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With Ed Bellamy


Returning to a UK licence

Ed Bellamy takes a more detailed look at the requirements for going EASA to UK

One piece of personal admin I recently dealt with was applying for a UK Part-FCL licence on the basis of holding an EASA one. I was a bit late to the party compared to some, but with the ‘paperwork only’ option expiring at the end of the year (which inevitably will pass in the proverbial flash), let’s have a look this process and some of the remaining loose ends of Brexit.

Flying EASA registered aircraft

On 6 April 2022, Skywise reminded us that UK licence holders have not had the privilege to fly an aircraft registered in an EASA Member State since January 2021 (the end of the Brexit ‘transition’ period). I am not sure why this reminder was deemed necessary more than a year on, but just in case anyone was in doubt, if you hold a UK licence and wish to obtain an EASA licence or validation, this must now be done through the EASA 3rd country licence conversion process. It is essentially the same as it would be for converting a foreign licence to a UK one and involves taking the relevant licence skill test, some ground exams (in the case of the PPL, Air Law and Human Factors) and then applying through an EASA Member State.

Ending of EASA licences on G-reg

A more relevant reminder from earlier in the year was that by the end of 2022, EASA licences will no longer be valid for flying UK registered aircraft. This is currently possible under the CAP2017 general validation. Note that CAP2017 only ever applied to EASA licences that were issued prior to 1 January 2021 – those issued since do not have any automatic privileges on UK registered aircraft. After the end of 2022, a UK issued licence or validation will always be required to fly a UK registered aircraft. The only exception being that the Air Navigation Order still contains a general validation for foreign licence holders to fly UK registered non-part-21 aircraft (ie mostly vintage, amateur builds and microlights) privately and without formality.

Obtaining a UK licence

Prior to the end of the Brexit transition process (1st Jan 2021), a number of people in the UK transferred their state of licence issue to another EASA member state. The administrative process for EASA licence holders to now obtain a UK Part-FCL licence has been with us for around a year. It is open to anyone who holds an EASA licence that was valid before 1st January 2021, although I did not examine whether there was any difference in requirements depending on whether a UK EASA licence was held in the past, although it seems not. For EASA licences issued from 1st January 2021 onwards, the normal 3rd country conversion requirements apply.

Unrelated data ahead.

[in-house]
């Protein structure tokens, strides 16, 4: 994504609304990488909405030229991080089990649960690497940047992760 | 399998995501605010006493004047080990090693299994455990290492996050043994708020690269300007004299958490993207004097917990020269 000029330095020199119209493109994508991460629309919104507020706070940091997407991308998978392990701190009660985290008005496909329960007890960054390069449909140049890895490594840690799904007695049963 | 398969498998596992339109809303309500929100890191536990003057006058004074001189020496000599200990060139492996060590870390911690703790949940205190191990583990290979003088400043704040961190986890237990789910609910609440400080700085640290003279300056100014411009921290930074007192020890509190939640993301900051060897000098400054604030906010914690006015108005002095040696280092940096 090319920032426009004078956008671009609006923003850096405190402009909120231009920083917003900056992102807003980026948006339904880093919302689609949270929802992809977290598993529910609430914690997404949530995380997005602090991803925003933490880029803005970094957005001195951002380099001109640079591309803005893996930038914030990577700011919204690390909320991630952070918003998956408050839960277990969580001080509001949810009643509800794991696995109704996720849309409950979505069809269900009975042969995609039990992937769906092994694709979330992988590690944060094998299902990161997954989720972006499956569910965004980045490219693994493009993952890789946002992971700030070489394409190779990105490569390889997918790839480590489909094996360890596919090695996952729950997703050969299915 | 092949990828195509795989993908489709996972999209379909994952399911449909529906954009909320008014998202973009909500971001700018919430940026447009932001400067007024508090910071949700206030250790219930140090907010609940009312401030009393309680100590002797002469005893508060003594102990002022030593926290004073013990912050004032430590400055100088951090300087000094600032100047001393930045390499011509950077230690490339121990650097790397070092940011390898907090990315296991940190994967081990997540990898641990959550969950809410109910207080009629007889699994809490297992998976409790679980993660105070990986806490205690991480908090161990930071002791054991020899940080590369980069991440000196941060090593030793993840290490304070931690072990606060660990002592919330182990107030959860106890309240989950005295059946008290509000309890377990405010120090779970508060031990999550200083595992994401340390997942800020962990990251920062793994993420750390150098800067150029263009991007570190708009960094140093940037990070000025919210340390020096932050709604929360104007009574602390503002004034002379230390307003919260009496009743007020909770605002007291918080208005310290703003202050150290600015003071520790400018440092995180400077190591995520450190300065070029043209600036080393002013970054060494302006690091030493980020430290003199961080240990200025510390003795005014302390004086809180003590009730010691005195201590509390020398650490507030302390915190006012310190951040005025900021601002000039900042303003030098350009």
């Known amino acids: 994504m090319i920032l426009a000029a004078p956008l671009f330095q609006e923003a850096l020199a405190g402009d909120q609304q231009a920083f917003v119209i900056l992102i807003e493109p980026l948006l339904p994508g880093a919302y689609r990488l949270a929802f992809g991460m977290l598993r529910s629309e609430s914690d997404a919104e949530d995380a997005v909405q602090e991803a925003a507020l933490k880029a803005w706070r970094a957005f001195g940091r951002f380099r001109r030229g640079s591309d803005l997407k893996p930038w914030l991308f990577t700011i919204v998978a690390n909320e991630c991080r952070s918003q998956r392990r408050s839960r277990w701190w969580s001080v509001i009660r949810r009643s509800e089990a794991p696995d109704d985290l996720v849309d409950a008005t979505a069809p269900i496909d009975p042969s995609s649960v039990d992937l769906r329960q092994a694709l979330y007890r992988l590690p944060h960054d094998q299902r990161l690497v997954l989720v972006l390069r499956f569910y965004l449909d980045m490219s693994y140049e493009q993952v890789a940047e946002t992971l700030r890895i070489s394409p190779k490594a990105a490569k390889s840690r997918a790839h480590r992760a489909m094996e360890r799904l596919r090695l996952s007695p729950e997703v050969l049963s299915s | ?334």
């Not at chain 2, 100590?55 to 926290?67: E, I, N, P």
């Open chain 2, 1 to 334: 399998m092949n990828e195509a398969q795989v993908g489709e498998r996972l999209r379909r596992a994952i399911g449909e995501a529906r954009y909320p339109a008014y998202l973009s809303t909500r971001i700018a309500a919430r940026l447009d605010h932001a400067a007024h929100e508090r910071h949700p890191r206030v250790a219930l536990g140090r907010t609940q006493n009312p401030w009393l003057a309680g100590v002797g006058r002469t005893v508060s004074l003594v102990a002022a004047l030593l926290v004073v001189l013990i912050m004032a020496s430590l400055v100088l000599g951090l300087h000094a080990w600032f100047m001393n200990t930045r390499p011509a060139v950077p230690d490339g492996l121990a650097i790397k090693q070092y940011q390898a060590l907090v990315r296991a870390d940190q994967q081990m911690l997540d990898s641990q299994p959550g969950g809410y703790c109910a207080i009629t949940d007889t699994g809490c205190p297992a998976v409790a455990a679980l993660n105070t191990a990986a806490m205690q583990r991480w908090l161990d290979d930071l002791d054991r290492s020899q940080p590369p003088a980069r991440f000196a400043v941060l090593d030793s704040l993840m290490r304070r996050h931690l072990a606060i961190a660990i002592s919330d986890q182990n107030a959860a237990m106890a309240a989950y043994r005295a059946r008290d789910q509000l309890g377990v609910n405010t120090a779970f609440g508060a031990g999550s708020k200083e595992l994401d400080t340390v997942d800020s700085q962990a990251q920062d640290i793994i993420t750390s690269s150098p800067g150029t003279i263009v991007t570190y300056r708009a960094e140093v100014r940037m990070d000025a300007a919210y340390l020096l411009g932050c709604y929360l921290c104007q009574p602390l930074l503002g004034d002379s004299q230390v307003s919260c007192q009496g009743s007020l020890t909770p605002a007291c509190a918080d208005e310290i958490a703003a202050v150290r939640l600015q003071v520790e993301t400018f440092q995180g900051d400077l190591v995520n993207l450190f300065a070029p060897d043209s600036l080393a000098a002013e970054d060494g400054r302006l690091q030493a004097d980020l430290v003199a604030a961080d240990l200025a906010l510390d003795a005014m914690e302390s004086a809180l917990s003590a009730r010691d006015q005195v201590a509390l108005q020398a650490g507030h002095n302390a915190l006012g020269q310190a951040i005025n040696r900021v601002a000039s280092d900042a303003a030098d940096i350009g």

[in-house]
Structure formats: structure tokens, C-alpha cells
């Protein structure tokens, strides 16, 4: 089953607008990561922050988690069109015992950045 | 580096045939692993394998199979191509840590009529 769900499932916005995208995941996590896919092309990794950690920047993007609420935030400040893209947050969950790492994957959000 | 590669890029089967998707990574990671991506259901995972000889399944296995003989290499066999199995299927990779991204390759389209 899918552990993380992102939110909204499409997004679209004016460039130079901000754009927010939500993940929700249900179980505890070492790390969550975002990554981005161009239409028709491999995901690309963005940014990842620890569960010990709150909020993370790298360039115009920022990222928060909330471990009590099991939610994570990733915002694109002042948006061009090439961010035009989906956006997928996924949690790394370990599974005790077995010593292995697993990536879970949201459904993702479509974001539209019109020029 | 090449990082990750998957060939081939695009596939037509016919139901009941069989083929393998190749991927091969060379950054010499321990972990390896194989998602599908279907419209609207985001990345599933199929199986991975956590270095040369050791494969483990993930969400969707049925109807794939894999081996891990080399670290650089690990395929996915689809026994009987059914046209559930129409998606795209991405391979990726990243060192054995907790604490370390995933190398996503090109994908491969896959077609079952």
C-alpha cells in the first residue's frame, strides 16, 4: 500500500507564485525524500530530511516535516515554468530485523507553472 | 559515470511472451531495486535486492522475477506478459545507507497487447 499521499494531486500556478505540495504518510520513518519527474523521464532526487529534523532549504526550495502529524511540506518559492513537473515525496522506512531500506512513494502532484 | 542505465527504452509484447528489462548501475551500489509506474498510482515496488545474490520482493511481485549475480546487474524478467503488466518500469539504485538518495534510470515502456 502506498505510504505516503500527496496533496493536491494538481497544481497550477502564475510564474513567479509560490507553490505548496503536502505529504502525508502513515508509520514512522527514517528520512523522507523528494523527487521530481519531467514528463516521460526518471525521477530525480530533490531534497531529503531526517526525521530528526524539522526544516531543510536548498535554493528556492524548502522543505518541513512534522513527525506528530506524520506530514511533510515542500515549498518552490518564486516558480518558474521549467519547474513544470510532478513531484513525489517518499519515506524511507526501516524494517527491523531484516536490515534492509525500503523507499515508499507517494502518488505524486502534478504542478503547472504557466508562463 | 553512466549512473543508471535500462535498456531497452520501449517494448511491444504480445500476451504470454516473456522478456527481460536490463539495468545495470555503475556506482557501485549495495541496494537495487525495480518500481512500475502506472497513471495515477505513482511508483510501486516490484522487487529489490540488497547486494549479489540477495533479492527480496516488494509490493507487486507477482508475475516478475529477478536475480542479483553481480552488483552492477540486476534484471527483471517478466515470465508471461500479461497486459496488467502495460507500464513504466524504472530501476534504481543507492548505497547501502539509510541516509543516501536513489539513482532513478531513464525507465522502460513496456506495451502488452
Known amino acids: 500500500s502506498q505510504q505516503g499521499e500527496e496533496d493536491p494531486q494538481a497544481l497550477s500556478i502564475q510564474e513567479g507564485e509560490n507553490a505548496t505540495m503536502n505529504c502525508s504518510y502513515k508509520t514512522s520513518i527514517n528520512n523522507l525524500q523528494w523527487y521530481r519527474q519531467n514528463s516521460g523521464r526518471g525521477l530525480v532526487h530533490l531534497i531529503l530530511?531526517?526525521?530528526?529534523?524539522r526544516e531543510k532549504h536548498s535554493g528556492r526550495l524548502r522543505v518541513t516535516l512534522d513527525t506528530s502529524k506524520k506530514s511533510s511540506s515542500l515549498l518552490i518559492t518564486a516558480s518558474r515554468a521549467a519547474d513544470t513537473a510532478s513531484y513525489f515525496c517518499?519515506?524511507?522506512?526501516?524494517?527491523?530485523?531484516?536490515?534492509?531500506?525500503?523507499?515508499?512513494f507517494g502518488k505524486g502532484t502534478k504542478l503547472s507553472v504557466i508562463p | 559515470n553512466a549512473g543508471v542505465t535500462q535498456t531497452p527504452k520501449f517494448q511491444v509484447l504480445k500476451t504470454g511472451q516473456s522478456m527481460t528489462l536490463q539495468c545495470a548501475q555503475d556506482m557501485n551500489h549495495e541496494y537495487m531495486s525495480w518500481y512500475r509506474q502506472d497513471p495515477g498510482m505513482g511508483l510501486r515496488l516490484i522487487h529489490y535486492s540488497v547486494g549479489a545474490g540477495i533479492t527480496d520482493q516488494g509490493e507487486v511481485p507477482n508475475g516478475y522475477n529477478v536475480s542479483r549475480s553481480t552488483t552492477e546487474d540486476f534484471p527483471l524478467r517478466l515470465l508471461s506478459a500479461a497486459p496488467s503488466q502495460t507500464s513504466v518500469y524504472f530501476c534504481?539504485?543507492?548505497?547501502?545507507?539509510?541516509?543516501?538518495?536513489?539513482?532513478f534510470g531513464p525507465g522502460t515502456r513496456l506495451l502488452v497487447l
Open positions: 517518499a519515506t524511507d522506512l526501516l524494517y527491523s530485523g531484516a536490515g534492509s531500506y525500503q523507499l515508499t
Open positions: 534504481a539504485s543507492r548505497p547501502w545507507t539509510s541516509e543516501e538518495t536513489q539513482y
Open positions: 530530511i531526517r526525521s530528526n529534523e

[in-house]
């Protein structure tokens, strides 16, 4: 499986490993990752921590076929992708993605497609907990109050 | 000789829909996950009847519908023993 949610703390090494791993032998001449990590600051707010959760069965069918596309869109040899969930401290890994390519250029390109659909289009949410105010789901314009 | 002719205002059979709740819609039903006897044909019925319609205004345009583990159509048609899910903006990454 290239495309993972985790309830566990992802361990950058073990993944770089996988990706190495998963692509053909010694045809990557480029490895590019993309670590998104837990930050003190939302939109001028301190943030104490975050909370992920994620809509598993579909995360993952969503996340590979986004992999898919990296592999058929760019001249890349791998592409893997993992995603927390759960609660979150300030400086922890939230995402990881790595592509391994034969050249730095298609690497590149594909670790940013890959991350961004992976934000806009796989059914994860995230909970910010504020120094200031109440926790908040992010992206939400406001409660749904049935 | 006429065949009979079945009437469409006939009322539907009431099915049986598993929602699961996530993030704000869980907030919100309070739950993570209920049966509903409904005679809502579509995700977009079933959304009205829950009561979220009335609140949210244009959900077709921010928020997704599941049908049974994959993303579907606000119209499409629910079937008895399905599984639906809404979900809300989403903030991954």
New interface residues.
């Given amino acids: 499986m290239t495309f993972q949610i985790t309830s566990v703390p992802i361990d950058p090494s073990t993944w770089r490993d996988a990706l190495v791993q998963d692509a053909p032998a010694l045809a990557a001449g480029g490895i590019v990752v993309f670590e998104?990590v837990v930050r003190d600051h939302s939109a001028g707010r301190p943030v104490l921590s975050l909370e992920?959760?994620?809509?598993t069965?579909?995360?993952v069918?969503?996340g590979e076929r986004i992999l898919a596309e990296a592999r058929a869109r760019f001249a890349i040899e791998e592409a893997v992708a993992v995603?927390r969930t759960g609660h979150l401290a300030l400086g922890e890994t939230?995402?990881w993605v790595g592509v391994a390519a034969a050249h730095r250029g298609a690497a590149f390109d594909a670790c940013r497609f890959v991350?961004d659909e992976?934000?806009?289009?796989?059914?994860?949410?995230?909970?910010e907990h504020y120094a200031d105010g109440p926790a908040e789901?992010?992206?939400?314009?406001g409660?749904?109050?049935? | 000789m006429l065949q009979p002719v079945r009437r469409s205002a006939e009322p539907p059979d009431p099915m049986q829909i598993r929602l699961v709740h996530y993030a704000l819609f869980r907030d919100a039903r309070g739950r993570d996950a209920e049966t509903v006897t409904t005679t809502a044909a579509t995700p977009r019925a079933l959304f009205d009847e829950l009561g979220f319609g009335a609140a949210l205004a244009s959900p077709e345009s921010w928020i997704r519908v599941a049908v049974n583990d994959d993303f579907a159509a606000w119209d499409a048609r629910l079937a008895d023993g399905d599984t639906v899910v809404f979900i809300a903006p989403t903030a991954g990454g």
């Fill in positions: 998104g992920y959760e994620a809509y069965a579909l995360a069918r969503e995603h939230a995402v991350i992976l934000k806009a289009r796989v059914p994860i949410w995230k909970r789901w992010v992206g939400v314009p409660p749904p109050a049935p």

In 2021 quite a small proportion of these applications were processed, but this will hopefully pick up as we continue towards the expiry of the CAP2017 general validation. It appears the application process will close at the same time as CAP2017 expires. I hold an Irish EASA licence and previously had a UK EASA one, so had a go at this ‘returners’ process. It is generally straightforward – I won’t repeat the contents of the CAA website, but just share a few observations.

It requires a ‘certified copy’ of the existing EASA licence document. Note that the list of acceptable professions to certify copies has recently been expanded and this may help GA pilots who are not in frequent contact with examiners or ATOs. A copy of an identification document is also required, but this can now be submitted as a ‘selfie’ showing both face and document identity page.

One concern I had was what happens if a rating expires or is revalidated/renewed while the application is still in progress. Guidance from the CAA suggests that updated evidence of ratings held can be submitted, avoiding the rating being endorsed on the UK licence as expired. If your non-UK medical is valid and all records can be retrieved, it should be possible to obtain a UK medical without another examination, although I have heard a few stories of record gaps causing issues.

After rounding up my non-UK medical records and submitting form SRG1217, the Cellma system issued me with an equivalent UK medical certificate without further query. It does not appear to matter whether the medical or licence application is submitted first, but I suggest it makes sense to do the medical first, so that the absence of a medical does not hold up issuing the licence. If obtaining your non-UK medical records is a problem, a UK medical from an AME is obviously an option and would be considered a renewal (rather than initial) if you are within five years of your last UK medical. It is now a requirement for all applicants for UK medical certificates to be registered on Cellma before a medical is issued.

The Cellma medical system is accessed through the CAA ‘Customer Portal’. It is possible to register for and apply for the licence through eLicensing, which is also accessed through the Portal. The online form SRG2158 can be used if eLicensing does not work for some reason – applicants without any UK licensing history might find that option more straightforward. One thing that appeared to help was knowing my old CAA reference number, although it is not a requirement to have one, I suspect it will speed up the process.

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